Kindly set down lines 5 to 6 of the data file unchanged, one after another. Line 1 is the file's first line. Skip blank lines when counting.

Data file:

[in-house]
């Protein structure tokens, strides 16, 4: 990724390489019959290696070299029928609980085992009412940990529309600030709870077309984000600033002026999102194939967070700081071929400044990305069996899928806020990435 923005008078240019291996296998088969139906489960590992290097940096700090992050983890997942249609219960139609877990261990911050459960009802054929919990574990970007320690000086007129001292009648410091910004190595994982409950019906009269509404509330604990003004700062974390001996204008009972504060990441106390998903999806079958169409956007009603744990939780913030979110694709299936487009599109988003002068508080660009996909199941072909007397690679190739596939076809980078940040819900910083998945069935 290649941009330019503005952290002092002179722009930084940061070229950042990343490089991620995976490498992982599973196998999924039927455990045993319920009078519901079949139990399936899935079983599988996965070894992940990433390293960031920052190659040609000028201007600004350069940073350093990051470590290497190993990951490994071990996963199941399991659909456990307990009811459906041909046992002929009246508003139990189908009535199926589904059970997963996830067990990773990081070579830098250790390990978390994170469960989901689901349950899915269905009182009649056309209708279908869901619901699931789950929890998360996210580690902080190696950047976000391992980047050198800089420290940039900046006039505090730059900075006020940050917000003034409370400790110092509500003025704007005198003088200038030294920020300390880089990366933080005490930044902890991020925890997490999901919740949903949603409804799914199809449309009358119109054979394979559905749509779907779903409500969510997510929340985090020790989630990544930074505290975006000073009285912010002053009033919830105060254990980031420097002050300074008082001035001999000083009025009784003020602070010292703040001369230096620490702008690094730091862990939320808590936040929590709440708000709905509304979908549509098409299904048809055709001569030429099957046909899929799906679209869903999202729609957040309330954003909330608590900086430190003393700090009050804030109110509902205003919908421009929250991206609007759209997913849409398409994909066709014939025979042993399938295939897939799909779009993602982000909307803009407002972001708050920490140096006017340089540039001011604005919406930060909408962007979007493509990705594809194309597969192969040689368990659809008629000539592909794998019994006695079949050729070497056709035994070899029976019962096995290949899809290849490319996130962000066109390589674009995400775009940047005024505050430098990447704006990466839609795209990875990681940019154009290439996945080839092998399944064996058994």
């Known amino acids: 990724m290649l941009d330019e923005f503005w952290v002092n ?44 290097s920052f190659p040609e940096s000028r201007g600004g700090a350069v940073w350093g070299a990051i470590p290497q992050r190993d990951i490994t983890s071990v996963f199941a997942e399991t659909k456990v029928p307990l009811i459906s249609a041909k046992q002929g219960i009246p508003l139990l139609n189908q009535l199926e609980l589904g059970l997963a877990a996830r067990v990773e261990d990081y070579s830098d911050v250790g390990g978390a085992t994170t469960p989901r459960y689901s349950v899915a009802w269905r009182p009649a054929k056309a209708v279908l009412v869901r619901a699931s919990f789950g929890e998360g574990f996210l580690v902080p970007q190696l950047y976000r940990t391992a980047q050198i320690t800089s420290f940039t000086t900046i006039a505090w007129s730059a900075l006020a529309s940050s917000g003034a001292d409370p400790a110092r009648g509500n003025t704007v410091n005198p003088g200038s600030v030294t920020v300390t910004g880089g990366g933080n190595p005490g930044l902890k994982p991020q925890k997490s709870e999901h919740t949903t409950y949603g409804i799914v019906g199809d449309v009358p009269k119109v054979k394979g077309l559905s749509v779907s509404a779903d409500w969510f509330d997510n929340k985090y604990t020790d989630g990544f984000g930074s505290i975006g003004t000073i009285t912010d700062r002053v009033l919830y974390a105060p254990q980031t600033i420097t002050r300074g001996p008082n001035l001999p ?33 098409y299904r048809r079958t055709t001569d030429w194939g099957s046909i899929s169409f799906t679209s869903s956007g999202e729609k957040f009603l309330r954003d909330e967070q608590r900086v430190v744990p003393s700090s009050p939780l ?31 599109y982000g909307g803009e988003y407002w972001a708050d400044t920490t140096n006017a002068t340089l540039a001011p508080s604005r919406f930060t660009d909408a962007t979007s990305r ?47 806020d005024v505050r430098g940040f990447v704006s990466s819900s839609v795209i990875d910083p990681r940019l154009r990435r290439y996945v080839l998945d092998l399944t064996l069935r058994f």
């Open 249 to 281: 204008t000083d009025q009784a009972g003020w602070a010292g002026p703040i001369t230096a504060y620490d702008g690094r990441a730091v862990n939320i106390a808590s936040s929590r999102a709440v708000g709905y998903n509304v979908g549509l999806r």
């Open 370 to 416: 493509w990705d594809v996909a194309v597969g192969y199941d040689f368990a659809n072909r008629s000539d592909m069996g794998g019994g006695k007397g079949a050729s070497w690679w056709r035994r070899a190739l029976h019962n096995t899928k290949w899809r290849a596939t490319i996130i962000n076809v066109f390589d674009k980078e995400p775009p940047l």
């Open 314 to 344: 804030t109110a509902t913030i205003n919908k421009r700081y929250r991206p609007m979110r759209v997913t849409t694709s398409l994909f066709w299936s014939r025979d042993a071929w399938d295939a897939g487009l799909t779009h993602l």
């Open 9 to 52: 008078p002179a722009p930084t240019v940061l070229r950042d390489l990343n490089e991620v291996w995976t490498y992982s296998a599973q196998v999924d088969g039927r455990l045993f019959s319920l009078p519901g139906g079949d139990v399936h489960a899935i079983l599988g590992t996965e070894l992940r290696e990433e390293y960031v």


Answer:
């Open 370 to 416: 493509w990705d594809v996909a194309v597969g192969y199941d040689f368990a659809n072909r008629s000539d592909m069996g794998g019994g006695k007397g079949a050729s070497w690679w056709r035994r070899a190739l029976h019962n096995t899928k290949w899809r290849a596939t490319i996130i962000n076809v066109f390589d674009k980078e995400p775009p940047l």
């Open 314 to 344: 804030t109110a509902t913030i205003n919908k421009r700081y929250r991206p609007m979110r759209v997913t849409t694709s398409l994909f066709w299936s014939r025979d042993a071929w399938d295939a897939g487009l799909t779009h993602l």